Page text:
CloudEXPO Stories
As you know, enterprise IT conversation over the past year have often centered upon the open-source Kubernetes container orchestration system. In fact, Kubernetes has emerged as the key technology -- and even primary platform -- of cloud migrations for a wide variety of organizations. Kubernetes is critical to forward-looking enterprises that continue to push their IT infrastructures toward maximum functionality, scalability, and flexibility. As they do so, IT professionals are also embracing the reality of Serverless architectures, which are critical to developing and operating real-time applications and services. Serverless is particularly important as enterprises of all sizes develop and deploy Internet of Things (IoT) initiatives.
Signs of a shift in the usage of public clouds are everywhere. Previously, as organizations outgrew old IT methods, the natural answer was to try the public cloud approach; however, the public platform alone is not a complete solution. Complaints include unpredictable/escalating costs and mounting security concerns in the public cloud. Ultimately, public cloud adoption can ultimately mean a shift of IT pains instead of a resolution. That's why the move to hybrid, custom, and multi-cloud will become more and more prevalent. At the heart of this technology trend exists a custom solution to meet the needs and concerns of enterprise organizations, including compliance, security, and cost issues. The "new normal" of enterprise clients is a world of hybrid and multi-cloud solutions, and it is slowly changing the IT technology landscape. Better tools, better management, and easier adoption a...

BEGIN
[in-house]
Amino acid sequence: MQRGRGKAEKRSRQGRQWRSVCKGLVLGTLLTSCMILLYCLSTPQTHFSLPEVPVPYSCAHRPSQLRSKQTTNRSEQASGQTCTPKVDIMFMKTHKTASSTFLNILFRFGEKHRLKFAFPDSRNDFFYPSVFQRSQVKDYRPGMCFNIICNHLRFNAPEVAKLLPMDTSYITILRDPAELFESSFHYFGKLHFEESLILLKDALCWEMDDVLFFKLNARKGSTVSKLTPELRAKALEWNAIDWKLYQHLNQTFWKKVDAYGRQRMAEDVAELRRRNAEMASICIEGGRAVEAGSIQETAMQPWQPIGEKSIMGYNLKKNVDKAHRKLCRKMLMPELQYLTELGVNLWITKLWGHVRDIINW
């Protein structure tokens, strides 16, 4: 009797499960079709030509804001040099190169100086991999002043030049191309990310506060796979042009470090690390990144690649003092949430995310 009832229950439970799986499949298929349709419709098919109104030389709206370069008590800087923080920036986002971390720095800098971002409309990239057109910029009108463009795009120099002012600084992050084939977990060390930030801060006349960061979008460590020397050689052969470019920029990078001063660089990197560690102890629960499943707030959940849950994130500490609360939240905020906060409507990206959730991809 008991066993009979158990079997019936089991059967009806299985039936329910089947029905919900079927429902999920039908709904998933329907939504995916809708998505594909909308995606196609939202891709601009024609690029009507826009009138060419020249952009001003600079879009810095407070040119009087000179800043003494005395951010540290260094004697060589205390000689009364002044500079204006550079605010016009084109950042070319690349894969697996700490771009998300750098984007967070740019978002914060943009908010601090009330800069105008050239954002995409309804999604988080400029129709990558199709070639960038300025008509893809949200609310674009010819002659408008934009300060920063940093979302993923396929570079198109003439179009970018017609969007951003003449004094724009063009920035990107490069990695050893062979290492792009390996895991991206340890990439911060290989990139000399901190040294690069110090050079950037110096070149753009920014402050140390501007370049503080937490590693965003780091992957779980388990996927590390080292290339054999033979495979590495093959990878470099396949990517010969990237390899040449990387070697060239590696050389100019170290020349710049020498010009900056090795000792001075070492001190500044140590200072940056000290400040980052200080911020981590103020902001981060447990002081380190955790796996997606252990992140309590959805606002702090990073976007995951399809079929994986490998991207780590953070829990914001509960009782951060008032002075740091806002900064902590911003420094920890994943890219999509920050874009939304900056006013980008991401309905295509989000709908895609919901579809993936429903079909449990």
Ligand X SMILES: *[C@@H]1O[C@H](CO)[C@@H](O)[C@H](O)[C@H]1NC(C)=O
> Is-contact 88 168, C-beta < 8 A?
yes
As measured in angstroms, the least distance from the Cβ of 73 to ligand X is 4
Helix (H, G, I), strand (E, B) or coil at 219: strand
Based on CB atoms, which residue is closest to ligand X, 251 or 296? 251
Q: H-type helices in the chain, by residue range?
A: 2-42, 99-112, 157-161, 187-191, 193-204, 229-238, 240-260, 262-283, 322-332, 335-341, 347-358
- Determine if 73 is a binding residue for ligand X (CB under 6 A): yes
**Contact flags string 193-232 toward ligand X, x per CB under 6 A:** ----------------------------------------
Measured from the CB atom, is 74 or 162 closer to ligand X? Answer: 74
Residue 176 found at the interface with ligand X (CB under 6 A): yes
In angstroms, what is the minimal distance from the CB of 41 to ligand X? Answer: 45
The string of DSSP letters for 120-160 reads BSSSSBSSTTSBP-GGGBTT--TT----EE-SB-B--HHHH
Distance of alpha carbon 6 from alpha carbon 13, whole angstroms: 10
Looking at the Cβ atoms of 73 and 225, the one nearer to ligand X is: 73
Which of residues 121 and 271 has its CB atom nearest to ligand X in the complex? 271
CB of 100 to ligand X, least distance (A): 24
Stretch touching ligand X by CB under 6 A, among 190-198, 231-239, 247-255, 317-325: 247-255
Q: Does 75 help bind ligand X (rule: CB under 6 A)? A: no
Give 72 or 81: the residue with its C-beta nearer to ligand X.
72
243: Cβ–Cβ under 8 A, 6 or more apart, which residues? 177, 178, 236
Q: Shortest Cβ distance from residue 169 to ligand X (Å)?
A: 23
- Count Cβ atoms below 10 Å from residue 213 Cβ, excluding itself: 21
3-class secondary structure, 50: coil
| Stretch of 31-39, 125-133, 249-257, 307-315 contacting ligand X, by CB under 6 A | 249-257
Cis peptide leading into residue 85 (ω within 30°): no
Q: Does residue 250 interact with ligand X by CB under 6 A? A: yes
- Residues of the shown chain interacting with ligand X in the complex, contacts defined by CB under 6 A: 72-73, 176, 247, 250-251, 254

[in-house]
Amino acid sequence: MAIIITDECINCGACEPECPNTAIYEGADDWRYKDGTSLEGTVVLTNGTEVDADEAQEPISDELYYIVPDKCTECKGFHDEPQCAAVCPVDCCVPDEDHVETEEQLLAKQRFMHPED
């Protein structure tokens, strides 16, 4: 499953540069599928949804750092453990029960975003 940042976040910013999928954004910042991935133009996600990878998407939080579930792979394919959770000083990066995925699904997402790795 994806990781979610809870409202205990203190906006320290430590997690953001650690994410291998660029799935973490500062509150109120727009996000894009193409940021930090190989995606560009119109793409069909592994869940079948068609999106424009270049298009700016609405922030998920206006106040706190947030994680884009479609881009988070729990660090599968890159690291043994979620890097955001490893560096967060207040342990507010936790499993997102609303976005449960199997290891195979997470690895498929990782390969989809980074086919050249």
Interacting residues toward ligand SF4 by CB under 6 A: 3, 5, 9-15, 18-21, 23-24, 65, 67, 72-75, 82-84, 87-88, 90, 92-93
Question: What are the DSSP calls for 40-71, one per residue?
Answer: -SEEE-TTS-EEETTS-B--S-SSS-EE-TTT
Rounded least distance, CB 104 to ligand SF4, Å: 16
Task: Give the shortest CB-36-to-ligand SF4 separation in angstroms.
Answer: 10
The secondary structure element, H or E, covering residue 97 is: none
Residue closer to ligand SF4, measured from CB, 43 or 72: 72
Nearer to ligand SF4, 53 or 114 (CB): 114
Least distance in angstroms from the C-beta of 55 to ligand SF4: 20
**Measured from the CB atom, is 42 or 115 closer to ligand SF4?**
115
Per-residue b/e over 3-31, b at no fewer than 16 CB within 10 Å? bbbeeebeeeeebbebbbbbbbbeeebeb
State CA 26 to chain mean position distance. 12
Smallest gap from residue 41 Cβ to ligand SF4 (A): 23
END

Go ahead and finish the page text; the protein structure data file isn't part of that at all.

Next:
The Japan External Trade Organization (JETRO) is a non-profit organization that provides business support services to companies expanding to Japan. With the support of JETRO's dedicated staff, clients can incorporate their business; receive visa, immigration, and HR support; find dedicated office space; identify local government subsidies; get tailored market studies; and more.
While a hybrid cloud can ease that transition, designing and deploy that hybrid cloud still offers challenges for organizations concerned about lack of available cloud skillsets within their organization. Managed service providers offer a unique opportunity to fill those gaps and get organizations of all sizes on a hybrid cloud that meets their comfort level, while delivering enhanced benefits for cost, efficiency, agility, mobility, and elasticity.
Signs of a shift in the usage of public clouds are everywhere Previously, as organizations outgrew old IT methods, the natural answer was to try the public cloud approach; however, the public platform alone is not a complete solutionThe move to hybrid, custom, and multi-cloud will become more and more prevalent At the heart of this technology trend exists a custom solution to meet the needs and concerns of these organizations, including compliance, security, and cost issues Blending Service and Deployment Models